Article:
For Vicki R. Muller ’83, it was indeed a happy Homecoming.
For the past three years, the current Wofford Alumni Association Board of Directors president has worked with the Wofford Black Alumni Association and its leadership team of Ellis Colvin ’83 and Robert Mickle ’85 to realize a dream — a dream of a place on campus all students can call home. Over Homecoming weekend, the Meadors Multicultural House was officially dedicated in the Stewart H. Johnson Greek Village.
“Today is the culmination of three years of hoping, planning, building and dreaming,” says Muller. “Today is an awesome day.”
The dream was made a reality through the financial support of James Meadors ’81 (above) and the entire Meadors family, including Bishop M.L. “Jack” Meadors ’55, James’ father (below with Wofford students).
Care of Wofford — as well as care of others — is nothing new to the Meadors family, a legacy that began with
Marshall LeRoy Meadors ’24 and has continued through nine Wofford alumni spanning four generations. Jack also served on the Wofford College Board of Trustees, a post James accepted in June.
“Our family has always been very conscious about the need to bring people together,” says Jack Meadors. “This has been a priority for us, starting with my mom and dad. Segregation was something we wanted to confront when we had an opportunity.”
When Jack heard from his son about the Black Alumni Association’s desire to build a multicultural house for all students, he knew it was a perfect fit.
“We got excited about it,” he says.
The Meadors aren’t the only ones excited. Many Wofford students, including members of the Association of Multicultural Students and National Pan-Hellenic Council organizations, see endless possibilities.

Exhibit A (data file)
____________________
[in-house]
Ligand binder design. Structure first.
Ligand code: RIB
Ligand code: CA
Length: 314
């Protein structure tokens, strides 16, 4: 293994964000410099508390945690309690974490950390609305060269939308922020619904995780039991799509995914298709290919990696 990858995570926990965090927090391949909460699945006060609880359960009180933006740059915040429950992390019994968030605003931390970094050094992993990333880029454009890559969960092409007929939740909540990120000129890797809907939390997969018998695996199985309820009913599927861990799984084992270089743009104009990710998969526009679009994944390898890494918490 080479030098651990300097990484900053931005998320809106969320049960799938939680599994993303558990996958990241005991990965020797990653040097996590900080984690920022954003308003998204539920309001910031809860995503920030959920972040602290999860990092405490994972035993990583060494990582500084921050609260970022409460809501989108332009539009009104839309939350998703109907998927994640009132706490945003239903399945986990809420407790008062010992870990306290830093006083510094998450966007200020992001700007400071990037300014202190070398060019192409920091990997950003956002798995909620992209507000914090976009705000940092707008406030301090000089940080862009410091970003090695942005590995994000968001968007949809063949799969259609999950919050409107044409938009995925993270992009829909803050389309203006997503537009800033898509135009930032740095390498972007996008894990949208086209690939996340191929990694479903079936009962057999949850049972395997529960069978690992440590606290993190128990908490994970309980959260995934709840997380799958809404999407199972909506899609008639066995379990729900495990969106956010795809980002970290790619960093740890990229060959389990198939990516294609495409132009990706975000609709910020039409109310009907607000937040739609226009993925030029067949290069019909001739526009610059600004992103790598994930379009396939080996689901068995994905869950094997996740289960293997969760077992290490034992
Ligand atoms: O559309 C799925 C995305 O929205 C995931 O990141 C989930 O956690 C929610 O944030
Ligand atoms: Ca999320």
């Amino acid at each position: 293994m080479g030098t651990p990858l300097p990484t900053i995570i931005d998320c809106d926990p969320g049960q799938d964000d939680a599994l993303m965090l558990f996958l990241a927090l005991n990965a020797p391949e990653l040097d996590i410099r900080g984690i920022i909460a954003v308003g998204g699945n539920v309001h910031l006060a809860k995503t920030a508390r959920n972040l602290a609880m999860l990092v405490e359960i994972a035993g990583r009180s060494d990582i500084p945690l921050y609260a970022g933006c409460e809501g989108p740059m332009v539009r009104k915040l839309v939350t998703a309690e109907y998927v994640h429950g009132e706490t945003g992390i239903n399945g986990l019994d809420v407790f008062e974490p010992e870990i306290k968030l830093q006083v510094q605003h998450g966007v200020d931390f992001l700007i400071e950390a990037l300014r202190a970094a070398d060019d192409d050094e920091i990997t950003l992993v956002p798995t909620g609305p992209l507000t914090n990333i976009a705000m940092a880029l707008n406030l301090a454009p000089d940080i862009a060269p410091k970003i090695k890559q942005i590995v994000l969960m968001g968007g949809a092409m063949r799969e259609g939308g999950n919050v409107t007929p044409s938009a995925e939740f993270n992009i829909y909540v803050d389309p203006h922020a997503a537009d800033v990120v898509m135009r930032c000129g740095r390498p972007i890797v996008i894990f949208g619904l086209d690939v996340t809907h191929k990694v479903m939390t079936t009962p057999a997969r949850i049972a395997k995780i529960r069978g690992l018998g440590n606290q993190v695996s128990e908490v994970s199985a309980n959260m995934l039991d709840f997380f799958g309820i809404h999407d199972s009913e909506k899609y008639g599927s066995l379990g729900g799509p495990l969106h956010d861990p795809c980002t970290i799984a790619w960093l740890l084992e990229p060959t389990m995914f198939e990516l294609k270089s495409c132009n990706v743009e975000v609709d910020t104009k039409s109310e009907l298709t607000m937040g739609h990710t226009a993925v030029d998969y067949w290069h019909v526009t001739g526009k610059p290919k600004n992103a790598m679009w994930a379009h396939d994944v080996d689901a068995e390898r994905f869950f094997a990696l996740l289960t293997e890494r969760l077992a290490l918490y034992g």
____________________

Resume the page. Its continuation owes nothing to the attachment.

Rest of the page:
“The Meadors Multicultural House isn’t just a building made of brick and mortar,” said Resharia Keller ’19 during the celebration, a native of Greenwood, S.C., and president of the Association of Multicultural Students. “It’s a home for those seeking a place to call their own. It represents community, positive change on our campus and future opportunities for collaboration and connection we can’t even begin to imagine.”
For James Meadors, it feels good to give, and he hopes the house will be a place where differences are embraced. “A student exposed to a diverse environment is automatically richer in their knowledge and perspective of the world,” he says. “To make the world a better place for everyone should be our goal. As our alma mater, we believe that to help accomplish that, diversity is not only important at Wofford, but is essential to the institution’s survival.”
Jonathan Franklin ’15, a journalism master’s student at Georgetown University, agrees. “The house is a symbol of diversity, inclusion and purpose,” he says. “Wofford, for many years, has been taking steps to increase the diversity efforts on campus when it comes to students of color, programming and awareness of issues affecting minority students. The Meadors Multicultural House will hopefully build this bridge that the campus needs in order to showcase and support all students.”
President of Kappa Alpha Psi Fraternity Inc. Alex Hardy ’19, from Spartanburg, S.C., is happy for a place his fraternity can call home. “I’m grateful that this house will give our group visibility and a voice on campus that will only enhance the already strong Wofford community. I can’t wait to use this house for many years to come.”
by Annie Schott Mitchell